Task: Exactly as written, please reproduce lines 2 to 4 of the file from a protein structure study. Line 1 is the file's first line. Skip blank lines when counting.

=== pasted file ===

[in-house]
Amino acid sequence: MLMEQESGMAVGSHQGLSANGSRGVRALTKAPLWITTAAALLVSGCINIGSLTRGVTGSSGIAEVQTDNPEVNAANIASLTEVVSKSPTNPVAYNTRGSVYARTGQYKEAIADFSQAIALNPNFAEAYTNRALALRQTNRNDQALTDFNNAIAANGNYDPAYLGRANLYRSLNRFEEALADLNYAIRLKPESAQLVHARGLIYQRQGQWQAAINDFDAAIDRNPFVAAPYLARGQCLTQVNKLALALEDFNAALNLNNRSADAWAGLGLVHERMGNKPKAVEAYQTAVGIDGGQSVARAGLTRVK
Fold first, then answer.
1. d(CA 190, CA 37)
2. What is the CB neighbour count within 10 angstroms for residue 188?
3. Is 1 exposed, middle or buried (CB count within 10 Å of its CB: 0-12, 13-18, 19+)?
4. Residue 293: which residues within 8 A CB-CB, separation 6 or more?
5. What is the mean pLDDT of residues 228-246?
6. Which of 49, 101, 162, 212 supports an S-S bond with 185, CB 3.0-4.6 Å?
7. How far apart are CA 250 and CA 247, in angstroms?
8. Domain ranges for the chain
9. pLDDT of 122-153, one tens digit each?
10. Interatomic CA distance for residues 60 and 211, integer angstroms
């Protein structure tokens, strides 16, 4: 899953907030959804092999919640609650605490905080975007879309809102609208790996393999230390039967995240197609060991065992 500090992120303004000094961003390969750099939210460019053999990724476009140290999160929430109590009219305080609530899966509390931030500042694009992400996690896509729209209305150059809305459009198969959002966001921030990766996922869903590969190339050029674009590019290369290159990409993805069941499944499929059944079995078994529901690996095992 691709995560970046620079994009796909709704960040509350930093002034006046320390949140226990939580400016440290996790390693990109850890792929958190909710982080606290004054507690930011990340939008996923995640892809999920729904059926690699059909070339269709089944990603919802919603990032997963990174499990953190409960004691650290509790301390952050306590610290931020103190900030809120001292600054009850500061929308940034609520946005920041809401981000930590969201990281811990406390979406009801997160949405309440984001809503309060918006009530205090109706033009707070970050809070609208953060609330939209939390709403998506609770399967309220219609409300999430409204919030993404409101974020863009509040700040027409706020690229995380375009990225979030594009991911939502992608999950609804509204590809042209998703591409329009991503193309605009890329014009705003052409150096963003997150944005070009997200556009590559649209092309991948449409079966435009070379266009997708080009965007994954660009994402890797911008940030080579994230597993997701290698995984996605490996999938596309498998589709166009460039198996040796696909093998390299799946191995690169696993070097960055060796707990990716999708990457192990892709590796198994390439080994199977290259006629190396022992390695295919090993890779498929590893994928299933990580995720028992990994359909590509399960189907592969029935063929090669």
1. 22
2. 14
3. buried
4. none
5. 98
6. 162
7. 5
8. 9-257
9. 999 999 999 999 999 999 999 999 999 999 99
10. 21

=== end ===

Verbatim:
Amino acid sequence: MLMEQESGMAVGSHQGLSANGSRGVRALTKAPLWITTAAALLVSGCINIGSLTRGVTGSSGIAEVQTDNPEVNAANIASLTEVVSKSPTNPVAYNTRGSVYARTGQYKEAIADFSQAIALNPNFAEAYTNRALALRQTNRNDQALTDFNNAIAANGNYDPAYLGRANLYRSLNRFEEALADLNYAIRLKPESAQLVHARGLIYQRQGQWQAAINDFDAAIDRNPFVAAPYLARGQCLTQVNKLALALEDFNAALNLNNRSADAWAGLGLVHERMGNKPKAVEAYQTAVGIDGGQSVARAGLTRVK
Fold first, then answer.
1. d(CA 190, CA 37)